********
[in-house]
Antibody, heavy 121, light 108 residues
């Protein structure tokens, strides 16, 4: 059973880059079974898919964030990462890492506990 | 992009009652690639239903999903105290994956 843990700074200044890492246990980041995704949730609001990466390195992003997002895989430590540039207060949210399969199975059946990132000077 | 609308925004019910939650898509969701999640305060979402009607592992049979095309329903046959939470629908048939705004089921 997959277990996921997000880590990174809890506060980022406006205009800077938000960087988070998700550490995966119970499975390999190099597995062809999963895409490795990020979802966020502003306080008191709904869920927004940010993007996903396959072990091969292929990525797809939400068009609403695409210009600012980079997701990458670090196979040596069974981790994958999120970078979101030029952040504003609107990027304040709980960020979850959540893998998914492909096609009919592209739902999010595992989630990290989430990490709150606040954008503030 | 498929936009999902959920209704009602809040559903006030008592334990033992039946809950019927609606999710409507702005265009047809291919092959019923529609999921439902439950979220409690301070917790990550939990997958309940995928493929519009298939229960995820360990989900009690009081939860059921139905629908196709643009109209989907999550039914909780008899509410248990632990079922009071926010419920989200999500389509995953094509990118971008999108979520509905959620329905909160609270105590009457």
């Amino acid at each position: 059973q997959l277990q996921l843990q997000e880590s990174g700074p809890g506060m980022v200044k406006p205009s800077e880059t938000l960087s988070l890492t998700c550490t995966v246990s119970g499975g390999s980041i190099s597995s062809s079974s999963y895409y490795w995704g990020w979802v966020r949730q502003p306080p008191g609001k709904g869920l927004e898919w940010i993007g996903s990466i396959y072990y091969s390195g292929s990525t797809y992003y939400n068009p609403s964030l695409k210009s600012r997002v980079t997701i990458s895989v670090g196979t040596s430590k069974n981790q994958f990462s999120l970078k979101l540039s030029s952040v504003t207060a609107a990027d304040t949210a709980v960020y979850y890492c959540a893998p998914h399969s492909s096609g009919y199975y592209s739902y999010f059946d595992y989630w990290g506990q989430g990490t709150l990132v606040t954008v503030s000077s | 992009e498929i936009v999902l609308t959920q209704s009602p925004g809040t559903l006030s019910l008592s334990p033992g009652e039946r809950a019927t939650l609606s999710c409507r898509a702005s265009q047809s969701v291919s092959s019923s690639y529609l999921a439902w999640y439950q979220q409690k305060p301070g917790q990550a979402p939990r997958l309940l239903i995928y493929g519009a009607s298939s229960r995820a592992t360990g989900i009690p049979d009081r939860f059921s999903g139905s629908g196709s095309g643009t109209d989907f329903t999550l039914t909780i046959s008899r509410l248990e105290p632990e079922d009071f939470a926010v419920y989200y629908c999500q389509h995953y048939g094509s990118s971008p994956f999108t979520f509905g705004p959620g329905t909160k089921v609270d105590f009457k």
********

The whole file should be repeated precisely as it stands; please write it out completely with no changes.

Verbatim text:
[in-house]
Antibody, heavy 121, light 108 residues
């Protein structure tokens, strides 16, 4: 059973880059079974898919964030990462890492506990 | 992009009652690639239903999903105290994956 843990700074200044890492246990980041995704949730609001990466390195992003997002895989430590540039207060949210399969199975059946990132000077 | 609308925004019910939650898509969701999640305060979402009607592992049979095309329903046959939470629908048939705004089921 997959277990996921997000880590990174809890506060980022406006205009800077938000960087988070998700550490995966119970499975390999190099597995062809999963895409490795990020979802966020502003306080008191709904869920927004940010993007996903396959072990091969292929990525797809939400068009609403695409210009600012980079997701990458670090196979040596069974981790994958999120970078979101030029952040504003609107990027304040709980960020979850959540893998998914492909096609009919592209739902999010595992989630990290989430990490709150606040954008503030 | 498929936009999902959920209704009602809040559903006030008592334990033992039946809950019927609606999710409507702005265009047809291919092959019923529609999921439902439950979220409690301070917790990550939990997958309940995928493929519009298939229960995820360990989900009690009081939860059921139905629908196709643009109209989907999550039914909780008899509410248990632990079922009071926010419920989200999500389509995953094509990118971008999108979520509905959620329905909160609270105590009457």
């Amino acid at each position: 059973q997959l277990q996921l843990q997000e880590s990174g700074p809890g506060m980022v200044k406006p205009s800077e880059t938000l960087s988070l890492t998700c550490t995966v246990s119970g499975g390999s980041i190099s597995s062809s079974s999963y895409y490795w995704g990020w979802v966020r949730q502003p306080p008191g609001k709904g869920l927004e898919w940010i993007g996903s990466i396959y072990y091969s390195g292929s990525t797809y992003y939400n068009p609403s964030l695409k210009s600012r997002v980079t997701i990458s895989v670090g196979t040596s430590k069974n981790q994958f990462s999120l970078k979101l540039s030029s952040v504003t207060a609107a990027d304040t949210a709980v960020y979850y890492c959540a893998p998914h399969s492909s096609g009919y199975y592209s739902y999010f059946d595992y989630w990290g506990q989430g990490t709150l990132v606040t954008v503030s000077s | 992009e498929i936009v999902l609308t959920q209704s009602p925004g809040t559903l006030s019910l008592s334990p033992g009652e039946r809950a019927t939650l609606s999710c409507r898509a702005s265009q047809s969701v291919s092959s019923s690639y529609l999921a439902w999640y439950q979220q409690k305060p301070g917790q990550a979402p939990r997958l309940l239903i995928y493929g519009a009607s298939s229960r995820a592992t360990g989900i009690p049979d009081r939860f059921s999903g139905s629908g196709s095309g643009t109209d989907f329903t999550l039914t909780i046959s008899r509410l248990e105290p632990e079922d009071f939470a926010v419920y989200y629908c999500q389509h995953y048939g094509s990118s971008p994956f999108t979520f509905g705004p959620g329905t909160k089921v609270d105590f009457k």